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DPA was recently removed from sandwich bags. Why? Did they do something to the food inside?
Answer 1:

DPA (or diphenylamine) is a type of antioxidant that is added to plastics like polyethylene (the plastic sandwich bags are made of) as a stabilizer. Stabilizers in plastics help to prevent degradation of the plastic caused by free radicals that are generated from exposure to heat and ultraviolet light, much like antioxidants in foods like berries help protect the cells in your body against free radicals. This helps the plastic to last longer and be resistant to weathering effects.

It is very important which additives like stabilizers and plasticizers are used in plastics because over time these chemicals can leach out of the plastic and into the contents of the container. In the case of plastic containers used to store food and beverages this can be quite a problem if the additives are dangerous to human health. An example of this concern is the controversy over the Food and Drug Administration (FDA)-approved plasticizer BPA (bisphenol A), which in some studies has been shown to be cause health problems. However the FDA and regulatory agencies in other countries maintain that BPA is safe at the levels of exposure caused by food packaging.

I was unable to confirm whether DPA is used in sandwich bags and could not find any announcements of its removal from them. Ziploc and Glad make no mention of removing DPA from sandwich bags on the FAQ sections of their websites, although they do both confirm that their bags are BPA-free. If you could let us know where you saw the announcement, I would be happy to research the topic further.

While DPA can be dangerous to human health in large doses, it is actually considered fairly safe in small doses. DPA is approved for use by the Environmental Protection Agency (EPA) in agriculture, where it is used as a coating on apples to protect the apple skin from oxidation during storage. I was unable to find FDA regulations about DPA.

References:
http://en.wikipedia.org/wiki/Polyethylene
http://en.wikipedia.org/wiki/Diphenylamine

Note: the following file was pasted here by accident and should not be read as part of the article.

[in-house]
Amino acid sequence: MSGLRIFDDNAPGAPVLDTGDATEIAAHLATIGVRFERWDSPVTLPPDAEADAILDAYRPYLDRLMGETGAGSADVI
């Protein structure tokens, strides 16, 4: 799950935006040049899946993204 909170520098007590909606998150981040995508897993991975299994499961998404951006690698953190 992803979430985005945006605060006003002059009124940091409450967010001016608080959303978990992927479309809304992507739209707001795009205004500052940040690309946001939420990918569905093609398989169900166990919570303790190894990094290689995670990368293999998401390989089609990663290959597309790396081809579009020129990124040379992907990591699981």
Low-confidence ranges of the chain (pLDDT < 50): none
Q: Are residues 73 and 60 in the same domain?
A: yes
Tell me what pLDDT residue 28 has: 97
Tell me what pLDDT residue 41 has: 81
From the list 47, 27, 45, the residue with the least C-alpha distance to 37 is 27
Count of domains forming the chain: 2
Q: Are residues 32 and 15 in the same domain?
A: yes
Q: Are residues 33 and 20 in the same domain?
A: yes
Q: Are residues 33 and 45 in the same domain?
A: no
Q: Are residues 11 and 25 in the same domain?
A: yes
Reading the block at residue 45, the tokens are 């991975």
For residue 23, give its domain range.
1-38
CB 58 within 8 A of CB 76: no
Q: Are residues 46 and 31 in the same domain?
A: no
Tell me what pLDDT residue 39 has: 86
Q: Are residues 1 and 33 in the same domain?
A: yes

http://en.wikipedia.org /wiki/Stabilizer_for_polymers
Patent: Polyethylene stabilized with diphenylamine. US 2543329 A.
http://www.fda.gov/Food/IngredientsPackagingLabeling/FoodAdditivesIngredients/ucm355155.htm
http://www.epa.gov/oppsrrd1/REDs/factsheets/2210fact.pdf
http://www.ziploc.com/pages/TopFAQs.aspx
http://www.glad.com/faq/
http://www.epa.gov/hpv/pubs/summaries/subdipha/c13378.pdf


Answer 2:

I think you might mean BPA, which stands for Bisphenol A, a chemical used in the production of certain plastic materials. BPA has been used very ubiquitously in commercial products since the 1960s.

Various studies have shown that it is an important pollutant in the environment, affecting phenomena such as nitrogen fixation in certain plants, and the reproduction and development of aquatic organisms like fish, crustaceans, and amphibians. BPA has such a significant impact on the environment because it is used in many products, and when those products get thrown away, BPA can seep into the soil or water where the trash is discarded. Because there are so many of these products being dumped into the environment, it can have a large role as a pollutant and affect many organisms.

It has been seen that low levels of BPA can leach into food. However, agencies such as the World Health Organization and the Food and Drug Administration have stated that the low levels of BPA that occur in some foods is still safe. It's important to recognize the difference between the amount of BPA an individual person might be exposed to, vs. how much BPA is being discarded to contribute to pollution.

Nevertheless, there are on-going studies to see how BPA affects people, and there are more and more products on the market that are BPA-free.



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